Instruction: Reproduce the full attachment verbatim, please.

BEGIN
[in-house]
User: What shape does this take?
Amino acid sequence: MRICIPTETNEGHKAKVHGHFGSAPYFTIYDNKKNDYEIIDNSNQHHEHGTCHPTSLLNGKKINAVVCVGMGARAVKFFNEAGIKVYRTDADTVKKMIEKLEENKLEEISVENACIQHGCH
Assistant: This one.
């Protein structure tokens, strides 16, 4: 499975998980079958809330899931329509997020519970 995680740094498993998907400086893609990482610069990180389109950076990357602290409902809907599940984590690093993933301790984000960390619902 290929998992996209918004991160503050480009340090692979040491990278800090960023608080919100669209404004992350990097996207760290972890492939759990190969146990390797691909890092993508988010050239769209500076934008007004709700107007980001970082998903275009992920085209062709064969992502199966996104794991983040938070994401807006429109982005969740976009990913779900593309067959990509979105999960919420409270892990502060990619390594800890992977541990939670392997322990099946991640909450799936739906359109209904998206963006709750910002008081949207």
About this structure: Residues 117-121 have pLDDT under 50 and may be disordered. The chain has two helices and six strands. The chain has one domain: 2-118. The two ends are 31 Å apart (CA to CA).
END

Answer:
[in-house]
User: What shape does this take?
Amino acid sequence: MRICIPTETNEGHKAKVHGHFGSAPYFTIYDNKKNDYEIIDNSNQHHEHGTCHPTSLLNGKKINAVVCVGMGARAVKFFNEAGIKVYRTDADTVKKMIEKLEENKLEEISVENACIQHGCH
Assistant: This one.
């Protein structure tokens, strides 16, 4: 499975998980079958809330899931329509997020519970 995680740094498993998907400086893609990482610069990180389109950076990357602290409902809907599940984590690093993933301790984000960390619902 290929998992996209918004991160503050480009340090692979040491990278800090960023608080919100669209404004992350990097996207760290972890492939759990190969146990390797691909890092993508988010050239769209500076934008007004709700107007980001970082998903275009992920085209062709064969992502199966996104794991983040938070994401807006429109982005969740976009990913779900593309067959990509979105999960919420409270892990502060990619390594800890992977541990939670392997322990099946991640909450799936739906359109209904998206963006709750910002008081949207």
About this structure: Residues 117-121 have pLDDT under 50 and may be disordered. The chain has two helices and six strands. The chain has one domain: 2-118. The two ends are 31 Å apart (CA to CA).